Successful award recipients proposing minor renovation projects will be required to submit a prior approval request to HRSA upon receipt of award and refrain from implementing the minor renovations until the request has been approved.

Do I need to submit four separate letters of commitment, or can I submit one letter signed by at least four consortium members?

Applicants should submit one letter of commitment signed by at least four separately-owned entities, including the applicant organization, in Attachment 3.

Can my consortium focus on individuals with SUDs other than OUD?

The primary focus of the grant should be on individuals with OUD. However, recognizing that many individuals with OUD are polysubstance users or have other co-occurring conditions, your consortium may address the other needs of this population.

Are participant support costs allowable for this grant?

Participant support costs—i.e., direct costs for items such as stipends or subsistence allowances, travel allowances, and registration fees paid to or on behalf of participants or trainees (but not employees) in connection with conferences, or training projects—are allowable costs.

In this context, “employees” refers to individuals directly employed on an hourly, salaried or employment contract basis by the applicant organization/award recipient. Individuals employed by sub-contractors, consortium members and sub-recipients are not are not included in this definition.

Do we need to work on all 6 selected Prevention, Treatment, and Recovery Strategies (pages 10- 13) each year?

Yes. The consortium should make progress on all selected strategies during each year of the grant. This progress should be reflected in the applicant’s Work Plan.

Does each consortium member need to work on the Prevention, Treatment, Recovery, Planning and Sustainability Strategies?

Yes, individual consortium members should be incorporated throughout the work plan, and all strategies and activities must be accounted for, and implemented by, the consortium as a whole. Moreover, each consortium member should be aware of the other members’ roles and responsibilities as delineated in the Work Plan and Letter of Commitment.

We want to incorporate activities that don’t specifically fall under any of the listed Prevention, Treatment, and Strategies. Is it allowable to use RCORP-NAS funds on related activities that don’t fall under one of the listed strategies in the NOFO?

Yes. Applicants have the option to include “additional strategies” (see page 18) of their choosing, assuming all other requirements are met. If the needs and capabilities exist, you may propose and justify additional strategies and accompanying methods that relate to the focus area and address unmet needs of the target population, as identified in the Needs Assessment.

My consortium will not have hired all of our project staff by the time the application is due. How do I account for this in my application?

In Attachment 5 (“Staffing Plan”), it is appropriate to write TBD under “Name” if the individual has not yet been hired. However, you should include a description of the process and timeline for hiring staff, as well as the qualifications and expertise required by the position.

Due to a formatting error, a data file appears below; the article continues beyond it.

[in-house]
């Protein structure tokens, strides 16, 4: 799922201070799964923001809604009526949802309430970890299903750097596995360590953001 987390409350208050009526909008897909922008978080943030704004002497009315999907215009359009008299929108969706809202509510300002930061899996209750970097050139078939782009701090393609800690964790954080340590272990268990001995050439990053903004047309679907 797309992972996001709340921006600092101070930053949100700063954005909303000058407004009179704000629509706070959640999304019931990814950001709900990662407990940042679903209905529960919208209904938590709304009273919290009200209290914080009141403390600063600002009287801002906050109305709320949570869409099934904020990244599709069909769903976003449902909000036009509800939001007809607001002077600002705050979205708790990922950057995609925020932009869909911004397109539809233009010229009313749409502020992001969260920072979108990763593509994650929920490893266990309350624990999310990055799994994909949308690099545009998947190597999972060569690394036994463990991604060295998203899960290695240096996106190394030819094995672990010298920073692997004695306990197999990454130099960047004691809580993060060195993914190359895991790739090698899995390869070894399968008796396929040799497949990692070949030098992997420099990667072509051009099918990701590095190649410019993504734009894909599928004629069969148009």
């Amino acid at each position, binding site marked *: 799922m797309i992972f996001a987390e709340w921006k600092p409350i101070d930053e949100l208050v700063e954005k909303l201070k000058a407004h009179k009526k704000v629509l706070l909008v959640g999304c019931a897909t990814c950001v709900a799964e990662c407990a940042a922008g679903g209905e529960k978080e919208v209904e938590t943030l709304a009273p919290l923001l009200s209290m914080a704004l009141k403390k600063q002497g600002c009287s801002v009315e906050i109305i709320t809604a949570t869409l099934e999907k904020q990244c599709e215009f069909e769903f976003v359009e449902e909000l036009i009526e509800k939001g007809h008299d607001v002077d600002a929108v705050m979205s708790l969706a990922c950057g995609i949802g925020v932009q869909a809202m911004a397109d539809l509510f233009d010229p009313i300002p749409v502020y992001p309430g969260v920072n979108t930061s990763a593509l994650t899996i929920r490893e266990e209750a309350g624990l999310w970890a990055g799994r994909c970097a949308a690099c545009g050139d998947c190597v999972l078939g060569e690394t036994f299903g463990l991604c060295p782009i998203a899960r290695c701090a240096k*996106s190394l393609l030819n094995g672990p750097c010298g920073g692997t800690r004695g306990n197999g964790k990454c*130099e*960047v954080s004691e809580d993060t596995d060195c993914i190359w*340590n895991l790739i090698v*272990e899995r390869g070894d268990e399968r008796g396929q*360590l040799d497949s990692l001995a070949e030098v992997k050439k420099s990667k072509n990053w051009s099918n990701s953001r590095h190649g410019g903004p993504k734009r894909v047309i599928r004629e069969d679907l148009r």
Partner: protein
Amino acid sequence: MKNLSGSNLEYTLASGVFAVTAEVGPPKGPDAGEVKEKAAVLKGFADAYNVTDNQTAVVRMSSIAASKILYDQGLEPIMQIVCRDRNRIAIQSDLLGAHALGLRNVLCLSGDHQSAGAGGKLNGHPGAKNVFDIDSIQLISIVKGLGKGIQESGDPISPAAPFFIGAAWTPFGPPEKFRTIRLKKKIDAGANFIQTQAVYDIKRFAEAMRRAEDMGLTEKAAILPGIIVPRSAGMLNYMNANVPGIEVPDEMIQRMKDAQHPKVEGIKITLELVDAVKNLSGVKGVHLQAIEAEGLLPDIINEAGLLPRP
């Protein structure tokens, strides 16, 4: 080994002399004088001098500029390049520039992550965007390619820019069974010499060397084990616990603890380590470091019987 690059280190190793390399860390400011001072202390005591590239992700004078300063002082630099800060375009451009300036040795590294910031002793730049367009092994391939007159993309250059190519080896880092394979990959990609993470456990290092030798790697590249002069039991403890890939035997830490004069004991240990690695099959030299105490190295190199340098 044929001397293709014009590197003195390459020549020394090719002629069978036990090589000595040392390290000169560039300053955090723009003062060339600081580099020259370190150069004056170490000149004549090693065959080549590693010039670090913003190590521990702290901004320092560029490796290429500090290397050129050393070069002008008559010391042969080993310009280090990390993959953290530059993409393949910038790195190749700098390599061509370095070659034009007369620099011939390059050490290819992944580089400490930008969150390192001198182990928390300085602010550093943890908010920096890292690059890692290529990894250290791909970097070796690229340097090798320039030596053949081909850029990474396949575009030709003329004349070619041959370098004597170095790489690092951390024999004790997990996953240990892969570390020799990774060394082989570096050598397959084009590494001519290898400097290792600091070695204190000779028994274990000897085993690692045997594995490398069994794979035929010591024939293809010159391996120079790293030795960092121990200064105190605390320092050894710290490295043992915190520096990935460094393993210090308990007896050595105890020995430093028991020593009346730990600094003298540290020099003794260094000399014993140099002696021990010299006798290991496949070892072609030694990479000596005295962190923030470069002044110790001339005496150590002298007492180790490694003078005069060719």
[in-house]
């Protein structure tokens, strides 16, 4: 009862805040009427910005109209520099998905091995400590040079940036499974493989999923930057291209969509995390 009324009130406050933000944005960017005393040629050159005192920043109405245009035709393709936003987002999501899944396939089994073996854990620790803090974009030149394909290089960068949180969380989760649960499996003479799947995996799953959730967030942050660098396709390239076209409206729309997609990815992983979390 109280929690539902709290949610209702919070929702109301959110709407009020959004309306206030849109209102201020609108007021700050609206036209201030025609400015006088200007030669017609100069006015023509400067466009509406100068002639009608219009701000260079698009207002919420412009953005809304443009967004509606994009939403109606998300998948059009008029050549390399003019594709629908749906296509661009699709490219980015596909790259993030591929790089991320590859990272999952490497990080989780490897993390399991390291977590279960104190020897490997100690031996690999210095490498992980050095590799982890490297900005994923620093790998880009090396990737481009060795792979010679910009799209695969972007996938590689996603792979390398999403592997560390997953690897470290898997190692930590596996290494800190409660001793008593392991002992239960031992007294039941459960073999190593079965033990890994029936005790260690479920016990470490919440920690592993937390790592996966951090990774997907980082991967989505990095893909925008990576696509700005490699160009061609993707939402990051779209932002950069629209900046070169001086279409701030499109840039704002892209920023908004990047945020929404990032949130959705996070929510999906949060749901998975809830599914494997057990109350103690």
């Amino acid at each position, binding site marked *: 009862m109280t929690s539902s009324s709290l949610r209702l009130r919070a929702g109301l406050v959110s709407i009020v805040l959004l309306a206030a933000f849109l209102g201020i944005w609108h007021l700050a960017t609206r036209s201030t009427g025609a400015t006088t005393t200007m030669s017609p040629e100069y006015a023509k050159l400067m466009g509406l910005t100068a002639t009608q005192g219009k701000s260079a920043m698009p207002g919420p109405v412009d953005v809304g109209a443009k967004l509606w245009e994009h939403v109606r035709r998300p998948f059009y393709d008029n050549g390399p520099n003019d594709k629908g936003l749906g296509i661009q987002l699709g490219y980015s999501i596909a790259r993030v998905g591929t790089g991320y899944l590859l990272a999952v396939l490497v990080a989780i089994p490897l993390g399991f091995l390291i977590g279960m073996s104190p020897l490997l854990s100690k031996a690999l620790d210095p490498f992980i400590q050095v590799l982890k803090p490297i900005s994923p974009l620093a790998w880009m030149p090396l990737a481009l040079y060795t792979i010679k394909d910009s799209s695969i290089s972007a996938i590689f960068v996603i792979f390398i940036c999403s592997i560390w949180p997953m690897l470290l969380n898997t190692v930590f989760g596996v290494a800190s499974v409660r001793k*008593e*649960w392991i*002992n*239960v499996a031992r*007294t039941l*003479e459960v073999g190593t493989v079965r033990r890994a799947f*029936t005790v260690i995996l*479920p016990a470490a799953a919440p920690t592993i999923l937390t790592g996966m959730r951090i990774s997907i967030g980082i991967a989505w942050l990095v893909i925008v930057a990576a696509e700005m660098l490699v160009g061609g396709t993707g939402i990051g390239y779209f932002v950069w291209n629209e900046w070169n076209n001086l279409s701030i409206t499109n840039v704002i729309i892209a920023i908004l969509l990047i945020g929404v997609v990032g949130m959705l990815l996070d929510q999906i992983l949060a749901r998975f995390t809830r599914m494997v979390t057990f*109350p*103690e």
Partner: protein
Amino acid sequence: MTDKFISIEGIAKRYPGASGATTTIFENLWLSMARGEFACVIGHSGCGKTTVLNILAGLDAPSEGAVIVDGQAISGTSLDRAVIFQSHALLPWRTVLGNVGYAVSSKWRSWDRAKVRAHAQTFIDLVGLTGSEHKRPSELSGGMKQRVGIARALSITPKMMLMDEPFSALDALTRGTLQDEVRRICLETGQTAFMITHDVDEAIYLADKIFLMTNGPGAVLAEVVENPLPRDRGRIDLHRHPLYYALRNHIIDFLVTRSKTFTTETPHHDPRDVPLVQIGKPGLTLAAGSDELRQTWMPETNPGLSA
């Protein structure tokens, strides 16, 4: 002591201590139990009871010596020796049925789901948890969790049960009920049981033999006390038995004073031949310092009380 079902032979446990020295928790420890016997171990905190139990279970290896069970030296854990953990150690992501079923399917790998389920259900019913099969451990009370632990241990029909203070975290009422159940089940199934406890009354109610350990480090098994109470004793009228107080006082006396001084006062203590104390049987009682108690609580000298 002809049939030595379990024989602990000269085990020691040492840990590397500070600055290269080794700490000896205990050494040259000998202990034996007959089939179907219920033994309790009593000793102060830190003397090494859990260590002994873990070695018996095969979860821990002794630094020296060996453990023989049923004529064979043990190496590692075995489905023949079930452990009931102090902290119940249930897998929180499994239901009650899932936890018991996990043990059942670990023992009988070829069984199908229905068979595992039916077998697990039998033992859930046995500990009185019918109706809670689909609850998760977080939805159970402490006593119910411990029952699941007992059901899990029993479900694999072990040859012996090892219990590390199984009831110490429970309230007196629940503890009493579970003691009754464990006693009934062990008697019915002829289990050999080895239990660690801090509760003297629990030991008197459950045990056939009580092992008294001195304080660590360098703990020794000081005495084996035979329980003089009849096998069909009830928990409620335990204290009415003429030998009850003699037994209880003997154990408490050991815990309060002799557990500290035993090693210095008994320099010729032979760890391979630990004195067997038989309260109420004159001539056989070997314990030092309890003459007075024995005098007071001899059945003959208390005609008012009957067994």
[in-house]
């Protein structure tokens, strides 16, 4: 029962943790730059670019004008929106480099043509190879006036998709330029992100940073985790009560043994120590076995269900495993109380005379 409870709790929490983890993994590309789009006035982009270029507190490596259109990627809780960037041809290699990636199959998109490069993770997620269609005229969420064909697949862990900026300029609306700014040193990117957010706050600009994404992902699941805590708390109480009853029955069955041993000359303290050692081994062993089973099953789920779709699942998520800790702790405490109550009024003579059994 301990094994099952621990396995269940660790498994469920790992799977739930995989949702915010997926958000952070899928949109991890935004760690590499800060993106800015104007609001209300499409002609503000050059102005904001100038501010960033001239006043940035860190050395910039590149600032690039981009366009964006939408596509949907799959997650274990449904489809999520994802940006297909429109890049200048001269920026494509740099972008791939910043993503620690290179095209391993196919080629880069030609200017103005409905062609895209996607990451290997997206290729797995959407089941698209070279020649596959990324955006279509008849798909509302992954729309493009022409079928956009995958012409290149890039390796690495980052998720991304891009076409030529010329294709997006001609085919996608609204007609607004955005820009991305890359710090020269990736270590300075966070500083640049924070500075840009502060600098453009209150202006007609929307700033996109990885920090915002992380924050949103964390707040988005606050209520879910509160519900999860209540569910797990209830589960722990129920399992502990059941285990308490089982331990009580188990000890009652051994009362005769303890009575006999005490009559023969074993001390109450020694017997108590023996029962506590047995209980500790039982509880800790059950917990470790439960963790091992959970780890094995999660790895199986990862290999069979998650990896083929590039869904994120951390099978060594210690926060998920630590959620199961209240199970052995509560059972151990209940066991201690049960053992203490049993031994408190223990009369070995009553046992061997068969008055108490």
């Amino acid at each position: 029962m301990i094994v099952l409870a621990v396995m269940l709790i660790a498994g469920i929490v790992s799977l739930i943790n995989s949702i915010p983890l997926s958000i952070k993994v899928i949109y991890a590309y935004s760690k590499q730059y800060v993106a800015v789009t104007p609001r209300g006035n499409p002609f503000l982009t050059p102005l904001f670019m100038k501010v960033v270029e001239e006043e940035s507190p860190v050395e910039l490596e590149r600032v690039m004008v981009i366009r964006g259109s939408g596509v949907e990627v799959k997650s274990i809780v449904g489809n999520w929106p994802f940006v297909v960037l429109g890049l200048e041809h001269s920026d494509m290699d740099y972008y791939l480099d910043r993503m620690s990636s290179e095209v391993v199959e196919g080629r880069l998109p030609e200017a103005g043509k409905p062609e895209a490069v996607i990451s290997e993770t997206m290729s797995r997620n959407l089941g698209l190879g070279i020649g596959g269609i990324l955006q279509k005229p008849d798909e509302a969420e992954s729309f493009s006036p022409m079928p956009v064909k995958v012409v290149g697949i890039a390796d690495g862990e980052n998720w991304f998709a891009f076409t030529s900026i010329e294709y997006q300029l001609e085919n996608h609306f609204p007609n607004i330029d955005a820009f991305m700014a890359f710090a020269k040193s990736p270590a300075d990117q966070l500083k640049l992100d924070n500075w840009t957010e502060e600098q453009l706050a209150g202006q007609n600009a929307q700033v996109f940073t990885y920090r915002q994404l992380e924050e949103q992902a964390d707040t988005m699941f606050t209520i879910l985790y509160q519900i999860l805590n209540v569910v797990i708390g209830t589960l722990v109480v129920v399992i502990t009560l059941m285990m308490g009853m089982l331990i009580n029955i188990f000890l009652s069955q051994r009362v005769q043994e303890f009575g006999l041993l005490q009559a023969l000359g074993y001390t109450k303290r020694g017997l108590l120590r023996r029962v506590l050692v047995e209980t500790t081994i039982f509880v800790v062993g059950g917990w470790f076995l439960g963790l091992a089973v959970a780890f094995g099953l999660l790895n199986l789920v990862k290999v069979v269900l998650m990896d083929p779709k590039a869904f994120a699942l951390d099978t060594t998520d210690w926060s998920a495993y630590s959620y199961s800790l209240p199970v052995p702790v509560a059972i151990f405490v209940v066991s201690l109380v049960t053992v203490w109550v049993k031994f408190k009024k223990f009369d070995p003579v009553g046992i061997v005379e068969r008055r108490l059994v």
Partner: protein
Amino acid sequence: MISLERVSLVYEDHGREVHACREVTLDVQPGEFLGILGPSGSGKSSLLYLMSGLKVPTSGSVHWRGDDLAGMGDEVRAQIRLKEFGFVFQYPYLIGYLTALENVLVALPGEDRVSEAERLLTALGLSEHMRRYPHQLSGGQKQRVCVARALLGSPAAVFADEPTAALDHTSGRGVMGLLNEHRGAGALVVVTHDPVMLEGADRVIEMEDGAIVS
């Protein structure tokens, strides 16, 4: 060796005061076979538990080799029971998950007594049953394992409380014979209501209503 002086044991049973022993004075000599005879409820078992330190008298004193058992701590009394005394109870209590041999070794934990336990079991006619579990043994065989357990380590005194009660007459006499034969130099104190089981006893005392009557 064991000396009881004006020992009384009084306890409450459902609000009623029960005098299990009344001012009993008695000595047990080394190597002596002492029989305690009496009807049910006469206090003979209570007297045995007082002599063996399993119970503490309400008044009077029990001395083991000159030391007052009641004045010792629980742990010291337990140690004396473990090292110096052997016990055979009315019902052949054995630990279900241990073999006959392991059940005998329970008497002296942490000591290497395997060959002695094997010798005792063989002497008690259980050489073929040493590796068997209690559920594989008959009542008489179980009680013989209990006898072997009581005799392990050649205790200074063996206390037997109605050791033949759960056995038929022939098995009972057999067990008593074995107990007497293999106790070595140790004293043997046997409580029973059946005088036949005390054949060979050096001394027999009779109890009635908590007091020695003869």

Can I use RCORP-NAS funds to purchase or lease a vehicle to use as a mobile treatment unit?

Purchase or leasing of a mobile unit is an allowable cost as long as the unit is exclusively used to deliver, or facilitate transport to, services funded by the RCORP-NAS grant. The applicant must establish both that the vehicle is needed and the cost is reasonable. Additional information is provided on page 32 of the NOFO.

You may not begin any purchases until you receive HRSA approval and must have contingency plans in place to ensure that delays in receiving HRSA approval of your mobile unit or vehicle purchase do not affect your ability to execute work plan activities and HRSA deliverables on time.

Can I use RCORP-NAS grant funds to purchase contraception for women with SUD/OUD?

RCORP-NAS grant funds may be used to purchase contraception for women who have or are at risk for SUD/OUD. Please refer to HRSA’s SF424 Application Guide (PDF - 688 KB) for detailed information on funding restrictions.

Can I use RCORP-NAS grant funds to purchase medication?

Per page 32 of the NOFO, Food and Drug Administration (FDA)-approved opioid agonist medications (e.g., methadone, buprenorphine products including buprenorphine/naloxone combination and buprenorphine mono-product formulations) for the maintenance treatment of OUD, opioid antagonist medication (e.g., naltrexone products) to prevent relapse to opioid use, and naloxone to treat opioid overdose are all allowable costs under RCORP-NAS.

RCORP-NAS funds cannot be used to purchase medical marijuana.

Can I use RCORP-NAS grant funds to purchase syringes?

The purchases of syringes is inappropriate in all phases of the program.

Please refer to HRSA’s SF424 Application Guide (PDF - 688 KB) (pp. 26-27) for guidance around syringe purchases using grant funds: "Notwithstanding any other provision of this Act, no funds appropriated in this Act shall be used to purchase sterile needles or syringes for the hypodermic injection of any illegal drug: Provided, That such limitation does not apply to the use of funds for elements of a program other than making such purchases if the relevant State or local health department, in consultation with the Centers for Disease Control and Prevention, determines that the State or local jurisdiction, as applicable, is experiencing, or is at risk for, a significant increase in hepatitis infections or an HIV outbreak due to injection drug use, and such program is operating in accordance with State and local law.”

Can RCORP-NAS funding be used to cover prevention, treatment, and recovery costs for patients who are uninsured/underinsured?